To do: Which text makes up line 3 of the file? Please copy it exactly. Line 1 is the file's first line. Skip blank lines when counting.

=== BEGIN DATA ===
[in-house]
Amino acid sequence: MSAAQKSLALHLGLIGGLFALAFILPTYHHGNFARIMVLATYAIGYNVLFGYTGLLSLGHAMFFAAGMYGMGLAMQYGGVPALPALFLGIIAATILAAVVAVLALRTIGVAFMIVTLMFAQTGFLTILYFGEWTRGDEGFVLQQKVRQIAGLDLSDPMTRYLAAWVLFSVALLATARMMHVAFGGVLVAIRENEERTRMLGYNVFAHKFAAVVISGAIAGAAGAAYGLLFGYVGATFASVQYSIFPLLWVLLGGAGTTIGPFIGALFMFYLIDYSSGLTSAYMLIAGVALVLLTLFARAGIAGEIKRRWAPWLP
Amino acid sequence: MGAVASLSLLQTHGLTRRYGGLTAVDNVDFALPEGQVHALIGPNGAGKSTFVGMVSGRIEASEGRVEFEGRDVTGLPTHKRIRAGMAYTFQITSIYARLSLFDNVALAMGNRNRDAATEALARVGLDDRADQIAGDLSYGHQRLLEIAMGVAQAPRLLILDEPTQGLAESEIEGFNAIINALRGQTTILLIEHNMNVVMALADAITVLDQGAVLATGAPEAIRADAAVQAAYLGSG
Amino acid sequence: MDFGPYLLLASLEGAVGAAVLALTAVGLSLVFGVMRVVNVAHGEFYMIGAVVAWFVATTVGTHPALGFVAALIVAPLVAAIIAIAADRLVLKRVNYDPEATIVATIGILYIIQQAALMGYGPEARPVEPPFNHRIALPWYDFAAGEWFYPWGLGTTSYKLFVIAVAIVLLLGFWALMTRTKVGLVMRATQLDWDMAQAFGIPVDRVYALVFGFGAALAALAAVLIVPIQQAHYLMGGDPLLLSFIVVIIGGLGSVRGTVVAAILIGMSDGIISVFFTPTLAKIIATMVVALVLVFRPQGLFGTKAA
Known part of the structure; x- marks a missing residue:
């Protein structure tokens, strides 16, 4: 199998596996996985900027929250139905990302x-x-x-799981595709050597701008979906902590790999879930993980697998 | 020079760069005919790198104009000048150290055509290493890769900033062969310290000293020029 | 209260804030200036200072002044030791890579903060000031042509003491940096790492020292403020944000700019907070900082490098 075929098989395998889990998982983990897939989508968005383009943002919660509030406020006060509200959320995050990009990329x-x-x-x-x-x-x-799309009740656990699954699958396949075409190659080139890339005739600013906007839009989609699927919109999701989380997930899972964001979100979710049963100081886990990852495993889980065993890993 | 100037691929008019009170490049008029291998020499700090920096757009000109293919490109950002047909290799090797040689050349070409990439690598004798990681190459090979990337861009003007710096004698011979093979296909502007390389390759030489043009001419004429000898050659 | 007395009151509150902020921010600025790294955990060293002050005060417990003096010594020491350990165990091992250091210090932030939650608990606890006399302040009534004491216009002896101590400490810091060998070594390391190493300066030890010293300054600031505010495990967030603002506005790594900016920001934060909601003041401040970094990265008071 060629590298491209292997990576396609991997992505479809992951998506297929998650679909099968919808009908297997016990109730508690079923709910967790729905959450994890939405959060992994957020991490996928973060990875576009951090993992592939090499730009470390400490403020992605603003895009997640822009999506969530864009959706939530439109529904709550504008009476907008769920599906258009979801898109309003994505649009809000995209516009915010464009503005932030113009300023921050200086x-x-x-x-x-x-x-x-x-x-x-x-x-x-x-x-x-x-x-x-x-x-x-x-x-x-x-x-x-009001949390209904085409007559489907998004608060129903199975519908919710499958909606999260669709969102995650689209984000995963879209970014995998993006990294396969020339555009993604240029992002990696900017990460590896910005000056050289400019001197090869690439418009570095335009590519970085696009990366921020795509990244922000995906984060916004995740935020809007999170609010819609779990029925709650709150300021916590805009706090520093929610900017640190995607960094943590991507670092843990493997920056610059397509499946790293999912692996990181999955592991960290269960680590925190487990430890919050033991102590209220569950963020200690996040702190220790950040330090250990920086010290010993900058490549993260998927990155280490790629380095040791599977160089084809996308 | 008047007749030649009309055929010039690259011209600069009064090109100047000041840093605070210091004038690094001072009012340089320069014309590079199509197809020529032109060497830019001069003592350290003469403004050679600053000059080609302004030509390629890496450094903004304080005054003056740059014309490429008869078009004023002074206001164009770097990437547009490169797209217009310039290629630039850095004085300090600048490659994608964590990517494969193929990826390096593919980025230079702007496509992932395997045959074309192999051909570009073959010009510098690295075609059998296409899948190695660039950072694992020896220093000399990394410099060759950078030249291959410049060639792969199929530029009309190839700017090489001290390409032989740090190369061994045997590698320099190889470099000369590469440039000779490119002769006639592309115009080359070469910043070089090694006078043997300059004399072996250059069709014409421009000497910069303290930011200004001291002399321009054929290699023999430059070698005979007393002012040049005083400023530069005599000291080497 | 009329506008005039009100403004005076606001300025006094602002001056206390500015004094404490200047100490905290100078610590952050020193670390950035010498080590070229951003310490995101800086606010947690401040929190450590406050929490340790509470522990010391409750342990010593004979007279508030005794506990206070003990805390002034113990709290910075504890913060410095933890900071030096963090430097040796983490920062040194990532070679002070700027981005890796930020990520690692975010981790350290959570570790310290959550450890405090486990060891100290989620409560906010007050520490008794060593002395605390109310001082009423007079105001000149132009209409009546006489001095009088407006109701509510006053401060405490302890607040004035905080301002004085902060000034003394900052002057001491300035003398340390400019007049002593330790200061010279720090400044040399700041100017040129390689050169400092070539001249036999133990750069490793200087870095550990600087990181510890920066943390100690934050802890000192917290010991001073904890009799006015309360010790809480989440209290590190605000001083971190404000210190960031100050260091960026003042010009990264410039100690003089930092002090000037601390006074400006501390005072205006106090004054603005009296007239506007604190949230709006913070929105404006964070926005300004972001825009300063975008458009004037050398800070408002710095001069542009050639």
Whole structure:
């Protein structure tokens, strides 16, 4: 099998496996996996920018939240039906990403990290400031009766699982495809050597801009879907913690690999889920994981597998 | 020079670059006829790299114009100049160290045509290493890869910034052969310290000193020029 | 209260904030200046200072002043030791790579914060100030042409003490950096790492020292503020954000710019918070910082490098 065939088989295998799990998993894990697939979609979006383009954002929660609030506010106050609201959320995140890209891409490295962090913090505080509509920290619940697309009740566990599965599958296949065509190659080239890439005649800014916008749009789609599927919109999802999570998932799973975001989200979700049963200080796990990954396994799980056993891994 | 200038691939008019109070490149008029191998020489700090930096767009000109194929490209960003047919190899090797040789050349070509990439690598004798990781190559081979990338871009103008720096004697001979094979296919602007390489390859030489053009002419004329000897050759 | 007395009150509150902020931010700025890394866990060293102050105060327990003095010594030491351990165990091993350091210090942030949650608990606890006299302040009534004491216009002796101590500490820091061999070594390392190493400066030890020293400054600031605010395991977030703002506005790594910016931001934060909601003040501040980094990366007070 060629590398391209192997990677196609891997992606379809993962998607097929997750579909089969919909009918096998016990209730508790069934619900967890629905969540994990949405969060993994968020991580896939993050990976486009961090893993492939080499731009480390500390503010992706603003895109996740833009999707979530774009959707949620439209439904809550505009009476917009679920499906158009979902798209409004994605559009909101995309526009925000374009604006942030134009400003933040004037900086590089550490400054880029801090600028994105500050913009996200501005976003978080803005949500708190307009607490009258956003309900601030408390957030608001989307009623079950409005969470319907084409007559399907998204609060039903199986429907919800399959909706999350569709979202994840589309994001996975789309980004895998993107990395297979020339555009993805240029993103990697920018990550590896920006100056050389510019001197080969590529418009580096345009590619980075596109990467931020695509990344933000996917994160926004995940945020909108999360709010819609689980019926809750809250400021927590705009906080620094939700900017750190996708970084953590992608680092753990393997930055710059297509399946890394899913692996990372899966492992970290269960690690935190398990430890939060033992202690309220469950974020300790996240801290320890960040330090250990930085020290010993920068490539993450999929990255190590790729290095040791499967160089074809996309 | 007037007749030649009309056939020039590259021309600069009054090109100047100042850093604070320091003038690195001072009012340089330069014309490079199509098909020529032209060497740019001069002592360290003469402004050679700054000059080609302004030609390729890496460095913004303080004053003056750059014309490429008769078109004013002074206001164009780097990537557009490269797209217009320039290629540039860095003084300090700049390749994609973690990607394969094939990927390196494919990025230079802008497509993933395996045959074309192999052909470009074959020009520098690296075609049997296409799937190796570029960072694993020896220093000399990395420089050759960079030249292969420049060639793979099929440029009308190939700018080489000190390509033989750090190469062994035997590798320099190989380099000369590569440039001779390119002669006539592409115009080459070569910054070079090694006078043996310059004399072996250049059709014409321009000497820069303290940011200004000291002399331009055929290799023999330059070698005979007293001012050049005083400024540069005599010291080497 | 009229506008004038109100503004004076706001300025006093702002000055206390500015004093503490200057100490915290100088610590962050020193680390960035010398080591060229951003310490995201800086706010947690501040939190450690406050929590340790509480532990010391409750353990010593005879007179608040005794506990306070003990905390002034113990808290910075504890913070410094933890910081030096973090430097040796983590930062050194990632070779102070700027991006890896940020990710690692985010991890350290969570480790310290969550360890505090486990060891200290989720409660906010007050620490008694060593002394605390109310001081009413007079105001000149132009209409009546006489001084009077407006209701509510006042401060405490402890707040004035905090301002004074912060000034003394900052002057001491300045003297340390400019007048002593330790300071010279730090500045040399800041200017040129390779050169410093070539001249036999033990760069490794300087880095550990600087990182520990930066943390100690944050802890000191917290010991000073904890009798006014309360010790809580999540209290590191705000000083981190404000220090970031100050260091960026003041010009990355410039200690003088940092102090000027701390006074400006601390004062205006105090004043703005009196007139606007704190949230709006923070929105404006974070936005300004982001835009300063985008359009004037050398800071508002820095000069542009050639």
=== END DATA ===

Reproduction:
Amino acid sequence: MGAVASLSLLQTHGLTRRYGGLTAVDNVDFALPEGQVHALIGPNGAGKSTFVGMVSGRIEASEGRVEFEGRDVTGLPTHKRIRAGMAYTFQITSIYARLSLFDNVALAMGNRNRDAATEALARVGLDDRADQIAGDLSYGHQRLLEIAMGVAQAPRLLILDEPTQGLAESEIEGFNAIINALRGQTTILLIEHNMNVVMALADAITVLDQGAVLATGAPEAIRADAAVQAAYLGSG